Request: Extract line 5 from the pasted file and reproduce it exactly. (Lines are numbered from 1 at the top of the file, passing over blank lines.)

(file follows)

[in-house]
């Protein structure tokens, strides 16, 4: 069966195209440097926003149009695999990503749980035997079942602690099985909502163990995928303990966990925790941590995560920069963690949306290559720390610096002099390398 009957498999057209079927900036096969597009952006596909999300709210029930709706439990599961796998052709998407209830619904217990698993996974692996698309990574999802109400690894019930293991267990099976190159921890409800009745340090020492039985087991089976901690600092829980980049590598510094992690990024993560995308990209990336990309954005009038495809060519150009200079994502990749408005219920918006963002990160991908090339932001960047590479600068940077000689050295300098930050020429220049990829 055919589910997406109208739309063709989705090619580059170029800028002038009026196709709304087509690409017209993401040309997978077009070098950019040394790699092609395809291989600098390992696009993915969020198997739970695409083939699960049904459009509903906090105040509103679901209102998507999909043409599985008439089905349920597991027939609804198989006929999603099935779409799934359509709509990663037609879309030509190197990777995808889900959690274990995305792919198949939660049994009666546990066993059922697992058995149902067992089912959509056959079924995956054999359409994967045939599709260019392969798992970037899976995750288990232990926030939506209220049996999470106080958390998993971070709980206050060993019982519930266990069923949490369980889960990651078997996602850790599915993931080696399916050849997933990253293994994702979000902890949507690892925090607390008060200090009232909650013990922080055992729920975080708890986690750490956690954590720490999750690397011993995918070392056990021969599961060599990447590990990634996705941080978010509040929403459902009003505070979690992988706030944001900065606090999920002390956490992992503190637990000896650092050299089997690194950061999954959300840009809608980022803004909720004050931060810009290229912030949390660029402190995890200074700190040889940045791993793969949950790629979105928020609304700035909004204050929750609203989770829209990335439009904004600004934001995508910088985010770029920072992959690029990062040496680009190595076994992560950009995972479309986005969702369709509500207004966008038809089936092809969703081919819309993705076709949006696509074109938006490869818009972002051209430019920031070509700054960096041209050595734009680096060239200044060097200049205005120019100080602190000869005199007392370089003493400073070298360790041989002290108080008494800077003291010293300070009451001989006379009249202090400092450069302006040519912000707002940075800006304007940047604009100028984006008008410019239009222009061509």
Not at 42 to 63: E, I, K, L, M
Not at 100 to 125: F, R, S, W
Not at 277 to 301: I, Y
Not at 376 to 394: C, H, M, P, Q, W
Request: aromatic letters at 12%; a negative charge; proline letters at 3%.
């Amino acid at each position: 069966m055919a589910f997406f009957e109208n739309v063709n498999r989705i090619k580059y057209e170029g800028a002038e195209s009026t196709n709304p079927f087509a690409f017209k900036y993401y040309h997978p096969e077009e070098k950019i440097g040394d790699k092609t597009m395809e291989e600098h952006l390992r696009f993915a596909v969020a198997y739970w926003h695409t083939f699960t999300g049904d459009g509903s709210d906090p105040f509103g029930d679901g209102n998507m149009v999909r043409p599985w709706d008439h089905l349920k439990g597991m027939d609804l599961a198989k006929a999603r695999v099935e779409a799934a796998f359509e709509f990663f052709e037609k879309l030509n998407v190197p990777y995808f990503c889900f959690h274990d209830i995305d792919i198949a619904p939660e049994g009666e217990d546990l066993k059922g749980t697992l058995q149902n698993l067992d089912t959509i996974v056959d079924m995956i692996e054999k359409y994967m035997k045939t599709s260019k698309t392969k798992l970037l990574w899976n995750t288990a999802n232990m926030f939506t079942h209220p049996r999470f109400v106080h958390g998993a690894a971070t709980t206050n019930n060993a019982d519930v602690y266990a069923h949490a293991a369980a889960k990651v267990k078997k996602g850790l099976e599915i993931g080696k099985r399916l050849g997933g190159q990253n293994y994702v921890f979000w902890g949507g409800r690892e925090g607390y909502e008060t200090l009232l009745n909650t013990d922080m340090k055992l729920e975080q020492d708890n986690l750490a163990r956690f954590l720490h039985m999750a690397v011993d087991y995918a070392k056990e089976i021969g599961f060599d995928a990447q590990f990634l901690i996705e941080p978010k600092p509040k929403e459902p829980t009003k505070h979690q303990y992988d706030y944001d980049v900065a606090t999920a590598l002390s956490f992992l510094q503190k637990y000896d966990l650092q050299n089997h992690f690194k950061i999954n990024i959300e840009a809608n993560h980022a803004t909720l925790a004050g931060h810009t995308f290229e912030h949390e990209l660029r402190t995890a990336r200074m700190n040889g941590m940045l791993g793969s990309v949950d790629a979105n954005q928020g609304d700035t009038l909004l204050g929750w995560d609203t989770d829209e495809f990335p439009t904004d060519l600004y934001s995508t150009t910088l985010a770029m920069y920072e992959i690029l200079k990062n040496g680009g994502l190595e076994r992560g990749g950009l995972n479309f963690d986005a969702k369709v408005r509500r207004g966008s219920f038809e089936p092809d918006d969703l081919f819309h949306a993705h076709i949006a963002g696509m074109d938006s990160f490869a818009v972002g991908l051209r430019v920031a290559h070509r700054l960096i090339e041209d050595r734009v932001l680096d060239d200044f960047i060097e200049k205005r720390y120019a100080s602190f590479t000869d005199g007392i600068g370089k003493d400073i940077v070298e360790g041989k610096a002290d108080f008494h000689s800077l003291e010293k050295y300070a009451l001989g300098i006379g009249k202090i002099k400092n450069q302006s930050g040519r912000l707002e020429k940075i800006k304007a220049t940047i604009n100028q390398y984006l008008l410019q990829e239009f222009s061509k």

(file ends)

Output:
Not at 277 to 301: I, Y